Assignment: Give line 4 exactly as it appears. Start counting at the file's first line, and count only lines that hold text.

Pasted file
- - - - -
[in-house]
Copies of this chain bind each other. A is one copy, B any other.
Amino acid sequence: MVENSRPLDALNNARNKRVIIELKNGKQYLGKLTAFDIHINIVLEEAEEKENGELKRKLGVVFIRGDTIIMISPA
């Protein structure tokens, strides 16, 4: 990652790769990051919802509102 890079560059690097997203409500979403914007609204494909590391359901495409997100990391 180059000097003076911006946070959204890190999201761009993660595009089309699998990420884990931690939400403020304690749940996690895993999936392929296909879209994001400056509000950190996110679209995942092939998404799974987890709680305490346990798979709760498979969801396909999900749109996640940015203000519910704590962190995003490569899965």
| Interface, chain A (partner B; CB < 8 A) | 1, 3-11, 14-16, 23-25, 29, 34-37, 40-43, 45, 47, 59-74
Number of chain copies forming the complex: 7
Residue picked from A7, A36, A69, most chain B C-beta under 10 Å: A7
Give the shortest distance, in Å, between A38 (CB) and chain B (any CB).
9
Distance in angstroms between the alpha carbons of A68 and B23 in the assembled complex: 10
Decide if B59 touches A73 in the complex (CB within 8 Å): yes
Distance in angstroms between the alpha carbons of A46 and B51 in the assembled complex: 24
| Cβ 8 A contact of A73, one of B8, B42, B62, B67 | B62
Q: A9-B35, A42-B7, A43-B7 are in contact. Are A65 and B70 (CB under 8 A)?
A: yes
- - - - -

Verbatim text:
């Protein structure tokens, strides 16, 4: 990652790769990051919802509102 890079560059690097997203409500979403914007609204494909590391359901495409997100990391 180059000097003076911006946070959204890190999201761009993660595009089309699998990420884990931690939400403020304690749940996690895993999936392929296909879209994001400056509000950190996110679209995942092939998404799974987890709680305490346990798979709760498979969801396909999900749109996640940015203000519910704590962190995003490569899965």